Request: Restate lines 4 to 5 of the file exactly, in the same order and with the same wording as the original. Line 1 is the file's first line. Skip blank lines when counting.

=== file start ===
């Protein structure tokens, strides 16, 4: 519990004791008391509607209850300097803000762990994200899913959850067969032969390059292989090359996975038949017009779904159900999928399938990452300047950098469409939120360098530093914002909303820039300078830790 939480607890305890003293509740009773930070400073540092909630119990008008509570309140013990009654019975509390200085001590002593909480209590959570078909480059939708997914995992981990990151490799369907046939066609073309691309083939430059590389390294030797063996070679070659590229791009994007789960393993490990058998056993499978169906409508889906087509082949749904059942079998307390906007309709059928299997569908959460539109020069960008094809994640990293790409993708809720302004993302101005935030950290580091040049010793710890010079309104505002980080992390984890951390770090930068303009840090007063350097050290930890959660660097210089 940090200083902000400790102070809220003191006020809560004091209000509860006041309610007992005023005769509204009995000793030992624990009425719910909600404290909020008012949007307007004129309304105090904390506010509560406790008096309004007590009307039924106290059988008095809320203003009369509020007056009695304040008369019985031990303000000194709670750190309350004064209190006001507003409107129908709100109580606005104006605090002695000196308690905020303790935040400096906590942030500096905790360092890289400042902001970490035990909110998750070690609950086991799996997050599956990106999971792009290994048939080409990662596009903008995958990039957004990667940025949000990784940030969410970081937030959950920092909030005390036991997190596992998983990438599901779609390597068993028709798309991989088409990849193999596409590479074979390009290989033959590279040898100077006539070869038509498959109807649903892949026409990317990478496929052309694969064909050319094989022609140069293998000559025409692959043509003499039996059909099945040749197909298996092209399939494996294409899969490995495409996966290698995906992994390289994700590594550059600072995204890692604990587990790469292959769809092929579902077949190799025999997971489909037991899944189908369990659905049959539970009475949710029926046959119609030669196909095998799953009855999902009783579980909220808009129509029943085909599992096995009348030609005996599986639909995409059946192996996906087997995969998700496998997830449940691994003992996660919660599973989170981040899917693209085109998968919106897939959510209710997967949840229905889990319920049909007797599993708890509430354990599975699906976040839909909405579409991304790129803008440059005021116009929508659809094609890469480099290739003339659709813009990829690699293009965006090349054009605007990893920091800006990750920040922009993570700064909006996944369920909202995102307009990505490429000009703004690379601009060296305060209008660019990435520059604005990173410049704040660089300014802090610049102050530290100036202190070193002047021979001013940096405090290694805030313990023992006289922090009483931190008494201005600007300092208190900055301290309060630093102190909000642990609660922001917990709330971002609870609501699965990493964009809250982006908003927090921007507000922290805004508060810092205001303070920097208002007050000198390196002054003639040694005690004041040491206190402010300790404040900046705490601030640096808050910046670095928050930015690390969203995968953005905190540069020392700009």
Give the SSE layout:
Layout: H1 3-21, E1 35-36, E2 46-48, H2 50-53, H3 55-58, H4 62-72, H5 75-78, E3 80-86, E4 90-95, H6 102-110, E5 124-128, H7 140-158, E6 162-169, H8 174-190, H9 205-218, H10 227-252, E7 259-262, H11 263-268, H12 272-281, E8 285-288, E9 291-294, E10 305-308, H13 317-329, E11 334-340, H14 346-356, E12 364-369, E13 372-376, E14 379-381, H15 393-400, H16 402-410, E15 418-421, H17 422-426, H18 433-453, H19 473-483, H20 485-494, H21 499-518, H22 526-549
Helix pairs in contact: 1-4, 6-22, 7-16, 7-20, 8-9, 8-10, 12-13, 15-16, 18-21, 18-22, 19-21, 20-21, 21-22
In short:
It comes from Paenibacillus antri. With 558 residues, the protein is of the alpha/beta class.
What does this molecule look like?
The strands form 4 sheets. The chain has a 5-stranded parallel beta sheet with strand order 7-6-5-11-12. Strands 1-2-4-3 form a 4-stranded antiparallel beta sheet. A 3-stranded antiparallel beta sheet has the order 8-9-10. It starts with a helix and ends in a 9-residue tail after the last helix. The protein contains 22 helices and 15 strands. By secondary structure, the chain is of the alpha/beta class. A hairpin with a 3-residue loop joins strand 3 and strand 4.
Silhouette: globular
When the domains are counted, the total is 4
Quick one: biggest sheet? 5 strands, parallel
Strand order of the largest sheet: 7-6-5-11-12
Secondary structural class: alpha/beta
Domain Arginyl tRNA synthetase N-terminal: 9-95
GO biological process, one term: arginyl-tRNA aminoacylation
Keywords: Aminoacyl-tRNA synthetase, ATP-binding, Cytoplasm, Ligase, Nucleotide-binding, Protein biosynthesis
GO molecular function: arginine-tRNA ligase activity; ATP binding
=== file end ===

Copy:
Helix pairs in contact: 1-4, 6-22, 7-16, 7-20, 8-9, 8-10, 12-13, 15-16, 18-21, 18-22, 19-21, 20-21, 21-22
In short: